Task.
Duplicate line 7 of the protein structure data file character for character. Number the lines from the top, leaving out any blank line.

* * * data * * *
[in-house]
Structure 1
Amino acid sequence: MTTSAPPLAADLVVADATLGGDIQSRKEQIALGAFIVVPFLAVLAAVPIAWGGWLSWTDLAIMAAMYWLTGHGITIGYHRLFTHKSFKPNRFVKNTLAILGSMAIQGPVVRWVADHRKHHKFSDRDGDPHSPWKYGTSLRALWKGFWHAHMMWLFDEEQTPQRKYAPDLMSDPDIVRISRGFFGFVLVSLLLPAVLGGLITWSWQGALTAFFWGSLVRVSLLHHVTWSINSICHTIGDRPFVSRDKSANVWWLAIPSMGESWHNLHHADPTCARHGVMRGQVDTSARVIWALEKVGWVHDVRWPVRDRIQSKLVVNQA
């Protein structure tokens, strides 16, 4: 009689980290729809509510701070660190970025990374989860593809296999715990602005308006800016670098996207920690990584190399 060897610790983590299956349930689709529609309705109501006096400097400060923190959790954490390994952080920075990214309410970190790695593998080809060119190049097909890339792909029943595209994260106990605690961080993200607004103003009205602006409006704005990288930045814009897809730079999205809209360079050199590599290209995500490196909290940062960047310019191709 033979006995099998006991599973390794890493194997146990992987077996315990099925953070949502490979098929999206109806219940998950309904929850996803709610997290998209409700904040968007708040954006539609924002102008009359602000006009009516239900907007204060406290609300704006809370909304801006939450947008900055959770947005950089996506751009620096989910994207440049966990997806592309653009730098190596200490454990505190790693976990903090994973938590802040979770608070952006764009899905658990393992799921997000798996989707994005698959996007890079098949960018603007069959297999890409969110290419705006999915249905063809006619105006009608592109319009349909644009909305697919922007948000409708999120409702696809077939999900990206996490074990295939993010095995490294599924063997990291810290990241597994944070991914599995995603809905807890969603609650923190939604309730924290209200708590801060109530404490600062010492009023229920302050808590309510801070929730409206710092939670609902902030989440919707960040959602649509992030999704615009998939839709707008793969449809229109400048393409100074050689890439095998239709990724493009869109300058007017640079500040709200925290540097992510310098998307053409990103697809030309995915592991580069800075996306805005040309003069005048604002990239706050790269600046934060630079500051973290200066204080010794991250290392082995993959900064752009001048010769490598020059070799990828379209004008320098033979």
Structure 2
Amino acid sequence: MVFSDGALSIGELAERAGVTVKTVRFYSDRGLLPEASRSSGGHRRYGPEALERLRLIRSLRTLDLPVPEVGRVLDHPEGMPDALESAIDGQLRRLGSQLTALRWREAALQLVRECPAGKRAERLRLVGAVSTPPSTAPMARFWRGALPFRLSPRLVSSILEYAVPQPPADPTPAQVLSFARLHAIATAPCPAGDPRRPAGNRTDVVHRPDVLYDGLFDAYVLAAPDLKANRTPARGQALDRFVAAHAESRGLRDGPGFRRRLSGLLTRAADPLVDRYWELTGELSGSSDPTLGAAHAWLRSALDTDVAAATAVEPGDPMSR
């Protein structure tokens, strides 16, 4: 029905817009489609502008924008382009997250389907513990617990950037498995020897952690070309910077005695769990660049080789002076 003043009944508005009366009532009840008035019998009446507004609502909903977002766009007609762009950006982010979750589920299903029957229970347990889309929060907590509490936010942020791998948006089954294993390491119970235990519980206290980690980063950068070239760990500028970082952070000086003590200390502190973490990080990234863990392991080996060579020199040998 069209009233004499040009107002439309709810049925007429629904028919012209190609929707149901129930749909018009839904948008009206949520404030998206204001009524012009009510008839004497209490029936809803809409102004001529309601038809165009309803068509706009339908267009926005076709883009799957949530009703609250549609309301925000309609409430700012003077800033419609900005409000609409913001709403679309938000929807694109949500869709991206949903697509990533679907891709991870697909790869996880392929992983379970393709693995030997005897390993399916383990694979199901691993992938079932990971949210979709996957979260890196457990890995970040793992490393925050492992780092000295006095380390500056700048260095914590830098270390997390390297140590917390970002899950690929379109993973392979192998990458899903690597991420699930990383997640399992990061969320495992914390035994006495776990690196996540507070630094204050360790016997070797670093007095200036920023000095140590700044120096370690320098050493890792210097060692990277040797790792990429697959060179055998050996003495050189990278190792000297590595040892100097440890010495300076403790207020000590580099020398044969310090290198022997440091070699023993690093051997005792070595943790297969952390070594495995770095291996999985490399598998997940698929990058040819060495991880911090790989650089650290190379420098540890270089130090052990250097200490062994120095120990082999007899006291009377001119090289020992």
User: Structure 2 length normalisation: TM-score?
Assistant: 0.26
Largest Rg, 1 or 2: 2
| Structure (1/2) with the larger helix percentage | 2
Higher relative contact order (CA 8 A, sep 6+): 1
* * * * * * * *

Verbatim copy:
């Protein structure tokens, strides 16, 4: 029905817009489609502008924008382009997250389907513990617990950037498995020897952690070309910077005695769990660049080789002076 003043009944508005009366009532009840008035019998009446507004609502909903977002766009007609762009950006982010979750589920299903029957229970347990889309929060907590509490936010942020791998948006089954294993390491119970235990519980206290980690980063950068070239760990500028970082952070000086003590200390502190973490990080990234863990392991080996060579020199040998 069209009233004499040009107002439309709810049925007429629904028919012209190609929707149901129930749909018009839904948008009206949520404030998206204001009524012009009510008839004497209490029936809803809409102004001529309601038809165009309803068509706009339908267009926005076709883009799957949530009703609250549609309301925000309609409430700012003077800033419609900005409000609409913001709403679309938000929807694109949500869709991206949903697509990533679907891709991870697909790869996880392929992983379970393709693995030997005897390993399916383990694979199901691993992938079932990971949210979709996957979260890196457990890995970040793992490393925050492992780092000295006095380390500056700048260095914590830098270390997390390297140590917390970002899950690929379109993973392979192998990458899903690597991420699930990383997640399992990061969320495992914390035994006495776990690196996540507070630094204050360790016997070797670093007095200036920023000095140590700044120096370690320098050493890792210097060692990277040797790792990429697959060179055998050996003495050189990278190792000297590595040892100097440890010495300076403790207020000590580099020398044969310090290198022997440091070699023993690093051997005792070595943790297969952390070594495995770095291996999985490399598998997940698929990058040819060495991880911090790989650089650290190379420098540890270089130090052990250097200490062994120095120990082999007899006291009377001119090289020992």